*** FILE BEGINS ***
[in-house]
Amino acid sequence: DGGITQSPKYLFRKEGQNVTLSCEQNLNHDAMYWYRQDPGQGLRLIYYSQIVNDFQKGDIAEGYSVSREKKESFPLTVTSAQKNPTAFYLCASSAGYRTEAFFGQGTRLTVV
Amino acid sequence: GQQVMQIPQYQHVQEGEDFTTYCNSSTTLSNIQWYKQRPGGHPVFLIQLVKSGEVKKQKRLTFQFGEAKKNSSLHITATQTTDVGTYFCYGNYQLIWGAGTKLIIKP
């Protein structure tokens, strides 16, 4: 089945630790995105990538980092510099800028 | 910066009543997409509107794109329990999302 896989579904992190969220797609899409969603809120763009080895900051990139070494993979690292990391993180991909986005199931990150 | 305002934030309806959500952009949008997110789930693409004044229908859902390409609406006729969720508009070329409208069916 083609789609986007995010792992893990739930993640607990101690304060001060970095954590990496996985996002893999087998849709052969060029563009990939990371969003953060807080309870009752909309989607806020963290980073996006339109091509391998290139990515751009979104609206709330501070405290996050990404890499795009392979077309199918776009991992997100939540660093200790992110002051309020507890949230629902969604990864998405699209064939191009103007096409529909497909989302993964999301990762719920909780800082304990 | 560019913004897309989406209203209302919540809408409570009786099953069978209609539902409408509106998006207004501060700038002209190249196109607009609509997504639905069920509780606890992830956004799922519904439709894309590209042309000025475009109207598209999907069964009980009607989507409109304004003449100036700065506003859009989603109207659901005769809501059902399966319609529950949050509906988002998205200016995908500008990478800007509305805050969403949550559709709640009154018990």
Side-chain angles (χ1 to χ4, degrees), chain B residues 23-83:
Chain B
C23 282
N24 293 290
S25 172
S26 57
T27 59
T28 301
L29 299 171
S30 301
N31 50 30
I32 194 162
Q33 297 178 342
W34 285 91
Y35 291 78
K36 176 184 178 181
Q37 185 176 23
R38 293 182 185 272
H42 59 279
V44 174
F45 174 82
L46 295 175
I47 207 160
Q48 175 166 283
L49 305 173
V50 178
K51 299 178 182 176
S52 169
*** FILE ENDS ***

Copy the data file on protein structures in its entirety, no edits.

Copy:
[in-house]
Amino acid sequence: DGGITQSPKYLFRKEGQNVTLSCEQNLNHDAMYWYRQDPGQGLRLIYYSQIVNDFQKGDIAEGYSVSREKKESFPLTVTSAQKNPTAFYLCASSAGYRTEAFFGQGTRLTVV
Amino acid sequence: GQQVMQIPQYQHVQEGEDFTTYCNSSTTLSNIQWYKQRPGGHPVFLIQLVKSGEVKKQKRLTFQFGEAKKNSSLHITATQTTDVGTYFCYGNYQLIWGAGTKLIIKP
């Protein structure tokens, strides 16, 4: 089945630790995105990538980092510099800028 | 910066009543997409509107794109329990999302 896989579904992190969220797609899409969603809120763009080895900051990139070494993979690292990391993180991909986005199931990150 | 305002934030309806959500952009949008997110789930693409004044229908859902390409609406006729969720508009070329409208069916 083609789609986007995010792992893990739930993640607990101690304060001060970095954590990496996985996002893999087998849709052969060029563009990939990371969003953060807080309870009752909309989607806020963290980073996006339109091509391998290139990515751009979104609206709330501070405290996050990404890499795009392979077309199918776009991992997100939540660093200790992110002051309020507890949230629902969604990864998405699209064939191009103007096409529909497909989302993964999301990762719920909780800082304990 | 560019913004897309989406209203209302919540809408409570009786099953069978209609539902409408509106998006207004501060700038002209190249196109607009609509997504639905069920509780606890992830956004799922519904439709894309590209042309000025475009109207598209999907069964009980009607989507409109304004003449100036700065506003859009989603109207659901005769809501059902399966319609529950949050509906988002998205200016995908500008990478800007509305805050969403949550559709709640009154018990």
Side-chain angles (χ1 to χ4, degrees), chain B residues 23-83:
Chain B
C23 282
N24 293 290
S25 172
S26 57
T27 59
T28 301
L29 299 171
S30 301
N31 50 30
I32 194 162
Q33 297 178 342
W34 285 91
Y35 291 78
K36 176 184 178 181
Q37 185 176 23
R38 293 182 185 272
H42 59 279
V44 174
F45 174 82
L46 295 175
I47 207 160
Q48 175 166 283
L49 305 173
V50 178
K51 299 178 182 176
S52 169